CEAP Statement on the Anti-Terrorism Bill
At a time when all of our member-schools are scrambling and fervently looking for ways to survive the economic crisis brought about by COVID-19, the Catholic Educational Association of the Philippines (CEAP), a national association comprising 1,500 Catholic non-stock, non-profit educational institutions, expresses its serious concern on the ill-timed passage of House Bill 6875 as well as the contentious provisions found therein.
When government ought to have been re-calibrating its efforts in uplifting the lives of our countrymen by fast tracking economic recovery bills, it hastily replaced an already existing, albeit problematic, law that combats terrorism.
The CEAP joins the dissent raised by various groups regarding the expansion of the definition of “terrorism” in the proposed law, the harsher penalties on punishable acts which even include life imprisonment without benefit of parole, the composition of the Anti-Terrorism Council as primarily coming from the Executive Branch of government empowered to make judicial determinations on who are the perceived terrorist individuals or groups, the prolonged detention of those found to be violating the provisions of this proposed measure — these are all valid concerns that prompt a re-examination to ensure that the most sacred of freedoms guaranteed by our Constitution are not set aside as empty promises.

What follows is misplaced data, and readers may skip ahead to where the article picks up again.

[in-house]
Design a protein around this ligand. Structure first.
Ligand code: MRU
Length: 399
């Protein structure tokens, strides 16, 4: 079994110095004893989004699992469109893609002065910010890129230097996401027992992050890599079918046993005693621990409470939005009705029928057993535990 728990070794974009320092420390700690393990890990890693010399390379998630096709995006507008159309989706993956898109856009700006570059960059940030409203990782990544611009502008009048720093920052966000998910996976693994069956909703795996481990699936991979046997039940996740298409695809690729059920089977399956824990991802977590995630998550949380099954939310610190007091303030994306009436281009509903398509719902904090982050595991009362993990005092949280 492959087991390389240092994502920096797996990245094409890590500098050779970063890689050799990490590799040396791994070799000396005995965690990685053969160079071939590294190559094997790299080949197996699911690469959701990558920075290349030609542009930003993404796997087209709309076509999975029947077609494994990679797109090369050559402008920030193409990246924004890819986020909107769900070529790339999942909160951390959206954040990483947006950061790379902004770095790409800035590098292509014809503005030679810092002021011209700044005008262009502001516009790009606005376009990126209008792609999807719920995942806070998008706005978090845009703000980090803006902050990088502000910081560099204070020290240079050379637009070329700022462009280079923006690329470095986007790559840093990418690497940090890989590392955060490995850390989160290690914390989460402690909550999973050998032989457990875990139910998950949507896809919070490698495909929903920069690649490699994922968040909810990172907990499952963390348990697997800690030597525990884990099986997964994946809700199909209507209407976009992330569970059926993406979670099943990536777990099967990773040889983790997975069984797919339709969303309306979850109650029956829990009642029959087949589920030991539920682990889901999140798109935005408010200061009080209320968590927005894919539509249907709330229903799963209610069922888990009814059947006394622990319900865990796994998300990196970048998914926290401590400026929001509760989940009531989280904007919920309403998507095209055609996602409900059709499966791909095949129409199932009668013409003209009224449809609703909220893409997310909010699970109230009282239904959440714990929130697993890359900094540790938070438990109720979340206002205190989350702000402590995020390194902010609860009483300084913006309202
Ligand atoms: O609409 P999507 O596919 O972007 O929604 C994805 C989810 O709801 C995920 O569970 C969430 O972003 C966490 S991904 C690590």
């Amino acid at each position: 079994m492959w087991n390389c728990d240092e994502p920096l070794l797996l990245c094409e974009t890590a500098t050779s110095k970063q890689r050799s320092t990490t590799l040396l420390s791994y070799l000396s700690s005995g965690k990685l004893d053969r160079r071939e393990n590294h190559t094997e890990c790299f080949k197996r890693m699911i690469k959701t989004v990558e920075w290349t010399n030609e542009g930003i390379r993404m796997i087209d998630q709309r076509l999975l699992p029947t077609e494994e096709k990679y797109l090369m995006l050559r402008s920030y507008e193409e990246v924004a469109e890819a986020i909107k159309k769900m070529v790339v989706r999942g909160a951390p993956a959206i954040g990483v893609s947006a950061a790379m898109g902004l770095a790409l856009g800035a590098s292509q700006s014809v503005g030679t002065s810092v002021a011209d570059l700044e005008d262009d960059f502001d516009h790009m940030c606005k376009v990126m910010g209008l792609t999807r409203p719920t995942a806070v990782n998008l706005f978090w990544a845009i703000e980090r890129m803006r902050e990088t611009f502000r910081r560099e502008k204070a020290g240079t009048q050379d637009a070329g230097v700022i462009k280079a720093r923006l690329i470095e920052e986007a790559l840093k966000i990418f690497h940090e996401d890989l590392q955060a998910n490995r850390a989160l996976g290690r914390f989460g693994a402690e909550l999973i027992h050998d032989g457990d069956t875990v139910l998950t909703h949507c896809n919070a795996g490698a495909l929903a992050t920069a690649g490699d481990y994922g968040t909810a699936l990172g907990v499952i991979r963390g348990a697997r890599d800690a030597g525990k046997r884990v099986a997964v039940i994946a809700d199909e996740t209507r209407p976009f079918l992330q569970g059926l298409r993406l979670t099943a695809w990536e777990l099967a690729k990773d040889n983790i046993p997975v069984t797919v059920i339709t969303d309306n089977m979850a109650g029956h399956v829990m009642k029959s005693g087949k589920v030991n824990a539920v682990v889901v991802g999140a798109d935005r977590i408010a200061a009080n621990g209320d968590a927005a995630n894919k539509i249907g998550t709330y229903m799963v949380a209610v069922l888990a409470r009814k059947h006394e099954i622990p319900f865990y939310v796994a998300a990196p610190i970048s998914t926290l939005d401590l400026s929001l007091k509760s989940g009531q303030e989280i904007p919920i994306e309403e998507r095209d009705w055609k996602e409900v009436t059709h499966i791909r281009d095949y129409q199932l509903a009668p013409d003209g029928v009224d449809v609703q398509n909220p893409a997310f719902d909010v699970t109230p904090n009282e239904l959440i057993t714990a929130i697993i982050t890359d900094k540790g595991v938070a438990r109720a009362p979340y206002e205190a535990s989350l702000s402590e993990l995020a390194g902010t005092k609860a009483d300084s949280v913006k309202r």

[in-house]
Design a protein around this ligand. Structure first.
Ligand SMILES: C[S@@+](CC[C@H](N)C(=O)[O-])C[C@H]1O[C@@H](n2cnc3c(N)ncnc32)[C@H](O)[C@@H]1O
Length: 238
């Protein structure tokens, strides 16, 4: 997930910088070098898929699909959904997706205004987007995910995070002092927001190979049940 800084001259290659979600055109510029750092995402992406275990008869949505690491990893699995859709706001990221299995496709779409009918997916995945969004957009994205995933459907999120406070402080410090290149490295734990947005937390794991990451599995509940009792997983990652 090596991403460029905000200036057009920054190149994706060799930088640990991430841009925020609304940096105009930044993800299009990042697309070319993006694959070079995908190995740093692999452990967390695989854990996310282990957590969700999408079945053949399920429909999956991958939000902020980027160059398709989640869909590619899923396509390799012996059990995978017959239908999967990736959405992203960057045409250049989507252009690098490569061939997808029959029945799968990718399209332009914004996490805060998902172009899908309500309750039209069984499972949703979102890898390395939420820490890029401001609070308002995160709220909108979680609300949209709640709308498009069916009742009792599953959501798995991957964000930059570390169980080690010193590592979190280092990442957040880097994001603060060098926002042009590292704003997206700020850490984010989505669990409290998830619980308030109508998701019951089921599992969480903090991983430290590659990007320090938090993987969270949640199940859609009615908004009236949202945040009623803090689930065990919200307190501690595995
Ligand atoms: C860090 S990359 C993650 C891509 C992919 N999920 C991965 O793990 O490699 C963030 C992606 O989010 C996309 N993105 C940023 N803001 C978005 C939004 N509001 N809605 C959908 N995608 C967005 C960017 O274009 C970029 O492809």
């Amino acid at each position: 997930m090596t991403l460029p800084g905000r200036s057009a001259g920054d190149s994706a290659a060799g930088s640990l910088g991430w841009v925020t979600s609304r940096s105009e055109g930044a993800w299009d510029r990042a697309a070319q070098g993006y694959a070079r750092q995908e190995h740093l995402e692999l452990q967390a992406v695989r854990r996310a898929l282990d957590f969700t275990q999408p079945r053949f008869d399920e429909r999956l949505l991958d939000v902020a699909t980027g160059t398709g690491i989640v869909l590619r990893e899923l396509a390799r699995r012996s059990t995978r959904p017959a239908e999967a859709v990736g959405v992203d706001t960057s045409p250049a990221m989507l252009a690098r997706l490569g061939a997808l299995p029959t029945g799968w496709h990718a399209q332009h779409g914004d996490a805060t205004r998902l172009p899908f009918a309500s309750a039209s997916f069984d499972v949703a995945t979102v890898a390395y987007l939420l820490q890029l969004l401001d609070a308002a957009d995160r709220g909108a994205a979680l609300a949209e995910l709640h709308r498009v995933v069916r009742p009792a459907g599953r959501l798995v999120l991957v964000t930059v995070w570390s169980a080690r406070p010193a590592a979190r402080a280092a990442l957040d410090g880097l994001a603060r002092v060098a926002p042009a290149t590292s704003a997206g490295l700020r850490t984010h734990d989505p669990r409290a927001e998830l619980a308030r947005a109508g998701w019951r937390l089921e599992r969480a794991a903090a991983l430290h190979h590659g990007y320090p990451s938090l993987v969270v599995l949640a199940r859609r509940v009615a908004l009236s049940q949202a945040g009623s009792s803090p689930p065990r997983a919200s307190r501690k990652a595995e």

While the CEAP recognizes the paramount obligation of the State to combat terrorism, it decries the articulation of those provisions in the bill as they fundamentally conflict with the Catholic tenets of treating each person as created in the image and likeness of God.
As an organization composed of Catholic schools that uphold, among others, the values of integrity and service, the CEAP registers its objection on the inclusion of the Department of Education (DepEd) and the Commission on Higher Education (CHEd) as “support agencies” of the Anti-Terrorism Council (ATC) in the bill insofar as the provision is unclear on the extent of support that must be given by these government agencies to the ATC.
Will this designation as “support agencies” empower DepED and/or the CHED to obtain confidential information from schools it regulates?
Will it give the ATC (working with the DepED and CHED) unfettered access to campuses, smoking out individuals or organizations suspected of being “fronts” for terrorist organizations?
Will this spell the demise of free and open discourse in schools insofar as dissent may be pre-judged by state actors as a “terrorist act”?
In solidarity with the Coordinating Council of Private Educational Associations (COCOPEA), the CEAP remains firm in safeguarding the constitutionally guaranteed academic freedom of educational institutions and of faculty against any form of suppression.
We pray that the President heed the cries of our people who are struggling to survive because of the pandemic, and veto this particular version of the bill. Listening to the various concerns raised creates an opportunity to work together in crafting a better legislation that effectively combats terrorism without necessarily trampling upon constitutionally protected rights.
In opus ministerii,
Mr. Jose Allan I. Arellano
CEAP Executive Director